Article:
Auckland has already provided Team New Zealand with the best base it has ever had, Mayor Phil Goff says, and warned the city did not want millions of taxpayer or ratepayer money going into an event hosting fee.
The Herald today revealed a joint offer from the Government and Auckland Council to tryto convince Team New Zealand to choose to defend the America’s Cup in Auckland had apparently been rejected by the syndicate.
The package put on the table by the Crown’s appointed negotiators is believed to be worth around $100 million. Team New Zealand is said to be wanting a package worth around $200m.
Speaking to the Herald, Goff declined to discuss the state of negotiations, but believed what was being offered was “a very fair deal”.
Auckland had “been hugely supportive” already, showing support during racing and providing top-class facilities for racing worth tens of millions of dollars, he said.
In 2018, the Government and Auckland Council gave Team New Zealand a package worth more than $130 million to defend the America’s Cup in Auckland in 2021, including major works on Auckland’s waterfront to accommodate the event.
“That is absolutely fit for purpose. The team base is at the heart of the city. People from all three syndicates – Luna Rosa, Inneos [Team UK] and American Magic – all told me that they thought it was a superb venue, both the courses and the facilities that they had in their location in the city. They’re all keen to come back,” Goff said.
“We gave them superb facilities. They’ve never had as good a base as they had with the use of the events centre, and we made the investment in them and we’d like to see that reciprocated,” he said.
“The venue gets better and better from the team’s perspective.”
Team New Zealand did not wish to respond to Goff’s comments.
In a statement this morning, TNZ said they had recently received the Government and Auckland Council’s “position”, which would be considered in coming days.
“Emirates Team New Zealand is currently still within the exclusive three-month negotiation period with Government and council, so it is premature to comment on commercial negotiations until they have concluded,” a spokesman said.
“However, we have only recently received the Government and Council position, which we will now carefully consider over the next two weeks.”
Goff told the Herald he believed Team New Zealand had a clear advantage in staying at an event they knew and had won on before.
“The crew members of Team New Zealand were very happy to be with their families on home ground and to get that home support in a familiar area. All of those things lend to the decision by Team New Zealand, should be to defend it, again, here,” Goff said.
“Everything is there and ready to go. I think that that’s a big advantage for Team New Zealand. There’s no element of risk to it. It’s been tried and tested and been found to be totally fit for purpose.”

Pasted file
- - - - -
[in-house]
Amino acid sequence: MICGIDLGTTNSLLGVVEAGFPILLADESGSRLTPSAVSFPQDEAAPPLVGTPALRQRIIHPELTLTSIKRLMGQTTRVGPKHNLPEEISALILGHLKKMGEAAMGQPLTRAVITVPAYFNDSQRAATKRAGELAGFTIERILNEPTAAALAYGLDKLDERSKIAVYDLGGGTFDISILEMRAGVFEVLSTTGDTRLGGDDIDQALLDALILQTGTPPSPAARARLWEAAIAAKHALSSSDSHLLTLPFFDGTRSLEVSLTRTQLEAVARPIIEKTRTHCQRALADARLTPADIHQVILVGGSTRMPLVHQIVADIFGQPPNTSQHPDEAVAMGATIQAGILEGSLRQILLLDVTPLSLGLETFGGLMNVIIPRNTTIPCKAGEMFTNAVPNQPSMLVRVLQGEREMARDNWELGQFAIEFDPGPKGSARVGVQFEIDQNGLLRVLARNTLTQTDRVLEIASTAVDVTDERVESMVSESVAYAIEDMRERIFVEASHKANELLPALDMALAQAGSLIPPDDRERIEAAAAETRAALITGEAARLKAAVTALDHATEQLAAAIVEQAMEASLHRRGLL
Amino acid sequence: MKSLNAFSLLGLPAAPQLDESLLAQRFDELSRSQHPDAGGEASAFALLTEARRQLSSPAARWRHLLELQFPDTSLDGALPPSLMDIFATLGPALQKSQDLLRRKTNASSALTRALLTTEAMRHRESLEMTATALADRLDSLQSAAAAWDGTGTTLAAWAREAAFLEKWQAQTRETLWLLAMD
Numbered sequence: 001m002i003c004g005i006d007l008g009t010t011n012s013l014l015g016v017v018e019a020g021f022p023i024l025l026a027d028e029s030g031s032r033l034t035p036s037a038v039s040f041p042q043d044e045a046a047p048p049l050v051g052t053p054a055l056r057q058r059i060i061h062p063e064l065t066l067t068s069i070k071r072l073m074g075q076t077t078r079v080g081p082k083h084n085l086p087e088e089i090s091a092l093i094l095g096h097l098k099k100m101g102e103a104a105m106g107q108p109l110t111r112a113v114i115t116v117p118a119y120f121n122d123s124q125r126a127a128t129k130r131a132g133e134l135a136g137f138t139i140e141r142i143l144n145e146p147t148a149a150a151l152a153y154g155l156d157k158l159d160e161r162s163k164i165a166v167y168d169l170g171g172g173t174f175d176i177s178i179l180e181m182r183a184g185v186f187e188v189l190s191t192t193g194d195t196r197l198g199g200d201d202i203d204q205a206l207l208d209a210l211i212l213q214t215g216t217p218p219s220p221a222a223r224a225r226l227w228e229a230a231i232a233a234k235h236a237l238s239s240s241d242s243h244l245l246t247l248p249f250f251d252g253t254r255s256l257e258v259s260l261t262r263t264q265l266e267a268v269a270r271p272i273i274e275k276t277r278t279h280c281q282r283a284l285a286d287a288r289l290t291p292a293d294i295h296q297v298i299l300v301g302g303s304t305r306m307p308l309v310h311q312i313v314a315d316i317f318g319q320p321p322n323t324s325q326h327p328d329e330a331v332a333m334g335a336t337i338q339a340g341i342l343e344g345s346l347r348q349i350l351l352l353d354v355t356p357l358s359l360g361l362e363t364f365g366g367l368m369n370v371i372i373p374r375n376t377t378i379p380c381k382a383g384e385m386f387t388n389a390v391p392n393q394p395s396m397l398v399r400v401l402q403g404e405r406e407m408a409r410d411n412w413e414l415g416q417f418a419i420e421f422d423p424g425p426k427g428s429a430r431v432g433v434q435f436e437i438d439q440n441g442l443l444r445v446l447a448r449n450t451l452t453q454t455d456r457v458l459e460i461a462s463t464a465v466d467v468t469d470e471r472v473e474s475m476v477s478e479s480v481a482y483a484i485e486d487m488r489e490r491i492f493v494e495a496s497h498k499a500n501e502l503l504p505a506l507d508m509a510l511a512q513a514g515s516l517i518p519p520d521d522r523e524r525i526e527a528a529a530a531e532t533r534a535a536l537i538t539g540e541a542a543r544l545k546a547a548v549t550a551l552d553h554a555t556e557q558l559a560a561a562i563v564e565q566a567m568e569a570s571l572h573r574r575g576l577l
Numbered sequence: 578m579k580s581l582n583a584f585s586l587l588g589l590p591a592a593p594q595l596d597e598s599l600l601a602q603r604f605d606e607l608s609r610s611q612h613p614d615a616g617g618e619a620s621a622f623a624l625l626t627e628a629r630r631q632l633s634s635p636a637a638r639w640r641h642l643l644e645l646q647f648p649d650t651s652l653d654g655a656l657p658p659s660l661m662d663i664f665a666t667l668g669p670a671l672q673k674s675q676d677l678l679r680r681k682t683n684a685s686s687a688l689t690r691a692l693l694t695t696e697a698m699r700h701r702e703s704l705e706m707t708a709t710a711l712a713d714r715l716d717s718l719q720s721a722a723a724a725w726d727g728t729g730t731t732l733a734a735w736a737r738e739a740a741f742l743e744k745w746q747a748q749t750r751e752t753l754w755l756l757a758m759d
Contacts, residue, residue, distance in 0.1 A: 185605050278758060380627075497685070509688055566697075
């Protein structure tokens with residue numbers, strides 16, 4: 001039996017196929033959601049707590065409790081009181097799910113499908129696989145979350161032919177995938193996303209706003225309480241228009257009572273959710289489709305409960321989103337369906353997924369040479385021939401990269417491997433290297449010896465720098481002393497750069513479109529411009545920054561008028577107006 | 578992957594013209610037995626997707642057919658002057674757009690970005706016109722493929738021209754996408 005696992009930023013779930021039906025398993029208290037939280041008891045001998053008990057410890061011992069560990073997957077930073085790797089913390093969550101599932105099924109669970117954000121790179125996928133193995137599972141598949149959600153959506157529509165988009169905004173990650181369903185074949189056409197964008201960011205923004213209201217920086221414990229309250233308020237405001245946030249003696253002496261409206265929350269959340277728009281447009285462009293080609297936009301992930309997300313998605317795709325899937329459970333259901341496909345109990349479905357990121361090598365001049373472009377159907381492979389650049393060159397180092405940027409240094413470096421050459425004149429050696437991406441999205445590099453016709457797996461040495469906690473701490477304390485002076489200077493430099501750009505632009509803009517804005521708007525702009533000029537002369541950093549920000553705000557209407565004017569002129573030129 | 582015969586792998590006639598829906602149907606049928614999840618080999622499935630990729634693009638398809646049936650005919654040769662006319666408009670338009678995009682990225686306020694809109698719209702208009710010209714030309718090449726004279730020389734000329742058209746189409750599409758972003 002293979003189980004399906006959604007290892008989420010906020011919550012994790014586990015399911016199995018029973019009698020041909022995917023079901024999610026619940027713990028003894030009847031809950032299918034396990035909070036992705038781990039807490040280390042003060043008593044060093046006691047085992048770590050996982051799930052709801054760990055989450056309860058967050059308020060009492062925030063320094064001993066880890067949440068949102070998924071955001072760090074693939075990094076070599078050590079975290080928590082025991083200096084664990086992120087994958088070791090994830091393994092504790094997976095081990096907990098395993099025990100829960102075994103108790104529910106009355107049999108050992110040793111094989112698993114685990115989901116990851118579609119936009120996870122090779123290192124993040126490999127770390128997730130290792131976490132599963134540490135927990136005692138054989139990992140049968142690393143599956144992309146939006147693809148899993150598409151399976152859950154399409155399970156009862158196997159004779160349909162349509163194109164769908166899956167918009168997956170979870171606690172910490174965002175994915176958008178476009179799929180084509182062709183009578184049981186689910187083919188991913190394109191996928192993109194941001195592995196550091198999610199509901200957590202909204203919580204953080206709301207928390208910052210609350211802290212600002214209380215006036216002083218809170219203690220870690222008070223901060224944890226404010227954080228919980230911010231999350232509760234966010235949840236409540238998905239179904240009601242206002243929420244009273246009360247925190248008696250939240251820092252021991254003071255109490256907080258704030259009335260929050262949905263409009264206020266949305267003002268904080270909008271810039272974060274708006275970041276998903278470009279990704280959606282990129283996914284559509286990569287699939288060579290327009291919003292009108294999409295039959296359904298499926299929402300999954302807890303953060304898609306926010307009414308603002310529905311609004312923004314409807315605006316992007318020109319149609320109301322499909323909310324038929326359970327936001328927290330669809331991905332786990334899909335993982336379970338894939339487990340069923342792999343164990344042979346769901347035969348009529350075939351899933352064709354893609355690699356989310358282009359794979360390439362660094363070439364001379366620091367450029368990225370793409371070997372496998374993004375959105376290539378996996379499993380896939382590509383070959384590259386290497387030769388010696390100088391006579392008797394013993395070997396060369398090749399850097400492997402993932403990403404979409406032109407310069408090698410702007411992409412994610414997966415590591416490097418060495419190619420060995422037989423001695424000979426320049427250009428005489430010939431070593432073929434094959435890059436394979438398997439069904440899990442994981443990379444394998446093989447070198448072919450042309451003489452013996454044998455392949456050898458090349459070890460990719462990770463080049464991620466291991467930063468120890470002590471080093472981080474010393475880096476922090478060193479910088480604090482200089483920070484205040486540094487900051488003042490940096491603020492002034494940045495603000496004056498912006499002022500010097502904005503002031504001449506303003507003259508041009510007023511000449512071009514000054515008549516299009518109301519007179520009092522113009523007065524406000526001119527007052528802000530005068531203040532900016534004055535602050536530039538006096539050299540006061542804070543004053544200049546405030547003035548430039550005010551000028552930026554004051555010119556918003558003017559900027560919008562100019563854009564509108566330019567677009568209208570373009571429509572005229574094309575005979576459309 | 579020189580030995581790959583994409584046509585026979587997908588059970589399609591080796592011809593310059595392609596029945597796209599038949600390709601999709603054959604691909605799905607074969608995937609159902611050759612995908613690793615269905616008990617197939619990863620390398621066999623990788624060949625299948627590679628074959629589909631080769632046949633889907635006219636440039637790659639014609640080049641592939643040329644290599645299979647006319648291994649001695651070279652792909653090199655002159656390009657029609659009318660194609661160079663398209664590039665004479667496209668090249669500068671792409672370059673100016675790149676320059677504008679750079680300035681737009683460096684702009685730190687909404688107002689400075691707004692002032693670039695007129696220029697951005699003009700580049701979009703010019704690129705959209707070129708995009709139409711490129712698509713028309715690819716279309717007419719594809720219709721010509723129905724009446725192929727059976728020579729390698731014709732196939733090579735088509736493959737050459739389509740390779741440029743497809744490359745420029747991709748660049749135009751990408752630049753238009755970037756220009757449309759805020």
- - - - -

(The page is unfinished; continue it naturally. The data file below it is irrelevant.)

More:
Aucklanders would be “incredibly disappointed” if the world’s oldest sporting competition was taken overseas by Team New Zealand,” Goff said.
“I think they would feel let down and there’s just no way around that. At the same time, I’ve also received a very clear message that having invested in the infrastructure, already having sunk the $112 million, doing it on time, to specifications, Aucklanders would not be keen in the difficult post-Covid times that we have financially, to see a whole lot of extra taxpayer money going into simply contributing to a host fee.”
Goff admitted his confidence that Auckland would host the next America’s Cup was shaken when it was revealed prior to the 36th America’s Cup starting that Team New Zealand was seeking interest from other cities around the world to host the regatta.
“My confidence was, I’ve gotta say, shaken, when we found out even before the final races that Team New Zealand was negotiating overseas with other venues,” Goff said, and he believed that the city had assumed that having invested in the last America’s Cup, that if Team New Zealand won, they would host it again.
“I think that certainly was the assumption that Aucklanders made,” Goff said.
“We would expect that having made that investment, or Aucklanders would expect, that having made that investment, that Team New Zealand would be keen, as almost always happens, that they would defend the cup on their own soil.”
Because of Covid-19, which caused borders around the world to be closed, taxpayers and ratepayers did not get the benefit which might have been assumed at the time the funding was announced.
“While we held the cup successfully we didn’t get the benefits from the cup that we would in normal circumstances, of probably a couple of hundred million dollars of work for the marine industry on refitting superyachts, and the funding for the hospitality and accommodation industry that we would have got through international tourists.”
There was “an upper limit to what can be offered by Government and by [Auckland] Council, because we’ve got to be fair to the ratepayer and the taxpayer, but we think that the offer that’s made is a very fair deal”.
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